How Business Leaders Plan To Rebuild In The Post COVID Economy
…Don’t wait until the pandemic is over. As a business owner you need to act quickly, yet strategically. Marketing is an essential component of every successful organization and should not be underestimated. Speak with your marketing team and encourage open conversation to spur new ideas. Be willing to invest adequate time and money into your newly created marketing strategies.
As part of my series about the “How Business Leaders Plan To Rebuild In The Post COVID Economy”, I had the pleasure of interviewing Chris Genge.
After a year of experimenting on his own, in January 1997 (around the same time eBay launched) Chris Genge founded 1st on the List Promotion. Search Engine Optimization (SEO) was not even an industry word at the time. With a background in mechanical engineering, Chris Genge had a very methodical and analytical approach to SEO. Over the last 20+ years, the search marketing industry has changed quite literally tens of thousands of times over, with a staggering 4,000+ Google algorithm changes in the past year alone. Genge has made a career out of keeping up with the this very fluid industry.
Thank you so much for your time Chris! I know that you are a very busy person. Our readers would love to “get to know you” a bit better. Can you tell us a bit about your ‘backstory’ and how you got started?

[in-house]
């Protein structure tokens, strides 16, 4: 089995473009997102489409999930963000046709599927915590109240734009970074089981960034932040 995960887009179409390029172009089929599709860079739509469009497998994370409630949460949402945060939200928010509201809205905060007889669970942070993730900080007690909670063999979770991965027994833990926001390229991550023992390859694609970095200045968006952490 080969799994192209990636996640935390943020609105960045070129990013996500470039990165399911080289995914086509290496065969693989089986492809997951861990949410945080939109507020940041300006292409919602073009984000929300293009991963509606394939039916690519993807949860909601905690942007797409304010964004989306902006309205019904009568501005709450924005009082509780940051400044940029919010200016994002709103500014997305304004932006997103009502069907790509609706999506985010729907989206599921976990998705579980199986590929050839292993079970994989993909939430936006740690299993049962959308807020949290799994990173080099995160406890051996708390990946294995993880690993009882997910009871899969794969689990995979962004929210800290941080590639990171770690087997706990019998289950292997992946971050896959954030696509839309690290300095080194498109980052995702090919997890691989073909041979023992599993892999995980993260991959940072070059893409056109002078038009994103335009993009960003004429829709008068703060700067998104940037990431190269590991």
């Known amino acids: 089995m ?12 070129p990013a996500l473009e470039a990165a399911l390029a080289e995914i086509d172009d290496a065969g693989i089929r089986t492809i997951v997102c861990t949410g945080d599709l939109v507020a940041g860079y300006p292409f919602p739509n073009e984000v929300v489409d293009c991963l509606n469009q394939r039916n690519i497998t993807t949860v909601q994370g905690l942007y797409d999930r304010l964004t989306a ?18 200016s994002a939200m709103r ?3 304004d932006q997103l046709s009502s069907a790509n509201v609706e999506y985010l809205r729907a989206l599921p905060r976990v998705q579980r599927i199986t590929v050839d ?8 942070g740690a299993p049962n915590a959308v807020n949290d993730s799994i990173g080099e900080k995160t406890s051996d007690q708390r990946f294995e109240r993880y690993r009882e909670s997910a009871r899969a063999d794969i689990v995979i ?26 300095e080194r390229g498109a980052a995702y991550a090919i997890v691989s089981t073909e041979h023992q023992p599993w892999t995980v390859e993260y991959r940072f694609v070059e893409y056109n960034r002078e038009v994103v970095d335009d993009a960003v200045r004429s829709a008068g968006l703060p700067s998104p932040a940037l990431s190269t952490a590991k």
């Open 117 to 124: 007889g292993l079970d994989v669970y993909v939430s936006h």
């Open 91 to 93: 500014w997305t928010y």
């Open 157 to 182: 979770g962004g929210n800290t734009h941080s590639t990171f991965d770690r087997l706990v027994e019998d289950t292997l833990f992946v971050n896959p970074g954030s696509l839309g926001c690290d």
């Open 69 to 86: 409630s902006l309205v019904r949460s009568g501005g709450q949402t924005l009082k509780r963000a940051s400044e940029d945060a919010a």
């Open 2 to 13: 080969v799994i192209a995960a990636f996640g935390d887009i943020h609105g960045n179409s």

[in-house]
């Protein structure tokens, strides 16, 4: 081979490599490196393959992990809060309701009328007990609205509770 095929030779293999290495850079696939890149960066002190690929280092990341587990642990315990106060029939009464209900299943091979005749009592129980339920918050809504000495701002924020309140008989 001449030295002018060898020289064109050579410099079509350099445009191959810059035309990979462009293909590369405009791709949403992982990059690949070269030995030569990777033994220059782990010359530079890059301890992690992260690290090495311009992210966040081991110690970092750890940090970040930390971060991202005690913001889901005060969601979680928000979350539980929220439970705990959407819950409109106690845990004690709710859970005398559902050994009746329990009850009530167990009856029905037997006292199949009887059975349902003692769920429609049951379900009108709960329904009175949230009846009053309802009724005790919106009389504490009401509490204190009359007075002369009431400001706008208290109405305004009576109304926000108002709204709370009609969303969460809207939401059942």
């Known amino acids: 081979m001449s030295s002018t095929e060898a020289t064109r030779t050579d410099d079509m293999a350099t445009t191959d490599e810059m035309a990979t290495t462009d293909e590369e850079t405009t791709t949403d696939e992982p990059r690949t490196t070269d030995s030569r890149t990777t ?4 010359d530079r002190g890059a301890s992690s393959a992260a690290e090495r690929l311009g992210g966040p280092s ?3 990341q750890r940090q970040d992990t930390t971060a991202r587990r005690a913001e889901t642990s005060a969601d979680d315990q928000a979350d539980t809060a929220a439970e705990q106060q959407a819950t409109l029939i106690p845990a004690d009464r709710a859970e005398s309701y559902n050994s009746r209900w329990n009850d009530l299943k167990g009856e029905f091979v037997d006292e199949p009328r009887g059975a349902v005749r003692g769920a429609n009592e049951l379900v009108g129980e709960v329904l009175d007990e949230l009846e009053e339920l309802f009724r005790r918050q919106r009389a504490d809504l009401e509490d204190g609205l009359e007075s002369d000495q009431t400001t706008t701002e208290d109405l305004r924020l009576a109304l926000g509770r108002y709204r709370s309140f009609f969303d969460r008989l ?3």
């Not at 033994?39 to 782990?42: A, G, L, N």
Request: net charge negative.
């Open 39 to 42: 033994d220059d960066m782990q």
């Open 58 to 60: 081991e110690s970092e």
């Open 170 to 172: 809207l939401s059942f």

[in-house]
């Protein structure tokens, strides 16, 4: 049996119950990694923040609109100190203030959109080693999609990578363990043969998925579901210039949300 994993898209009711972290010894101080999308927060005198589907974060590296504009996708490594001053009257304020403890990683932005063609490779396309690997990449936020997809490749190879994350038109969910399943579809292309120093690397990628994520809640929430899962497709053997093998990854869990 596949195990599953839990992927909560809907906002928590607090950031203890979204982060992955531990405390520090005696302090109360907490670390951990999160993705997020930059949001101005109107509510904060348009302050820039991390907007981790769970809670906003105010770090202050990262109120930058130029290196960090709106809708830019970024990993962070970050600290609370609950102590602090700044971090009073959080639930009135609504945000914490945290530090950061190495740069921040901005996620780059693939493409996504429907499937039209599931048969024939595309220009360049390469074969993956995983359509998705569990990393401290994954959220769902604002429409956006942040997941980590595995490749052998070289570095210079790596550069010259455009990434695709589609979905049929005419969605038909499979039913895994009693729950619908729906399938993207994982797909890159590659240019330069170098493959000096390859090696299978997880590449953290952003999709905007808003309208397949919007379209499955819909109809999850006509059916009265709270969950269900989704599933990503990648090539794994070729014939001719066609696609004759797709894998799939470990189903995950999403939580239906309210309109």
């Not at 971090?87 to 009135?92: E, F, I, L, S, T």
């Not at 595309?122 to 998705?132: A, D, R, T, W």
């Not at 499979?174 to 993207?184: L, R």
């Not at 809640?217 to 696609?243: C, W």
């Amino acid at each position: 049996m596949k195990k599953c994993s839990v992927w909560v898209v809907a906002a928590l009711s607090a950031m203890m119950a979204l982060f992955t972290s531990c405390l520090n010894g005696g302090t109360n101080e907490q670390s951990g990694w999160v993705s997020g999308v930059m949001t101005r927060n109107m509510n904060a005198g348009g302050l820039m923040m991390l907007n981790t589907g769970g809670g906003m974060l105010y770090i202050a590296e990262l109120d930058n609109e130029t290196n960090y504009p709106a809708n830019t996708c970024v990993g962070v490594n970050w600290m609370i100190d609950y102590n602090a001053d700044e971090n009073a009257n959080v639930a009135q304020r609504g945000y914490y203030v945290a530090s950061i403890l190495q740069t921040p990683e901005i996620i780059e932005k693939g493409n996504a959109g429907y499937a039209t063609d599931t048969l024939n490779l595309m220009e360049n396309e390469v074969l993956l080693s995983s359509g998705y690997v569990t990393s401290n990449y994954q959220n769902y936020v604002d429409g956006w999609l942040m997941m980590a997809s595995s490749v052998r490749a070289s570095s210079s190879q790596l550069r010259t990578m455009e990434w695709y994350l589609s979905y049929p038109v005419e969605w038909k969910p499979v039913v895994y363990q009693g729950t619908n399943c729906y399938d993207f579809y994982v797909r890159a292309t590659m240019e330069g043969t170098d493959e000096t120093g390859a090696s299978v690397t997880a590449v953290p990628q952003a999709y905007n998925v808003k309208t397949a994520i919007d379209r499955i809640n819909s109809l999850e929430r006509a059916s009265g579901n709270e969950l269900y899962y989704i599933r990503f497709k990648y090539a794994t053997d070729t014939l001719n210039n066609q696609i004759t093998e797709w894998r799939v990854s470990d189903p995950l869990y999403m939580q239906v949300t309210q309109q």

In 1996 I was working full time as an engineer and became fascinated by the World Wide Web, which was barely 5 years young. So, in my spare time, I built a few websites and began experimenting on the search engines like Infoseek, Lycos, Netscape, and Alta Vista. I wanted to figure out how these search engines worked and why some websites ranked higher than others. Back then, I could make one simple change on my website, resubmit, and within minutes it would jump to the #1 spot. It didn’t take me long to reverse engineer nearly all the search engines. I could see how this was the future and how businesses could use the Internet to make money. Sure enough, I was soon earning more in my spare time working on my new hobby than I was as an engineer. It was a no brainer. In January of 1997, I founded my SEO company out of my basement and called it 1st on the List, since that’s where every website owner wanted to be found on the search engines.
Can you share a story about the funniest mistake you made when you were first starting? Can you tell us what lessons or ‘take-aways’ you learned from that?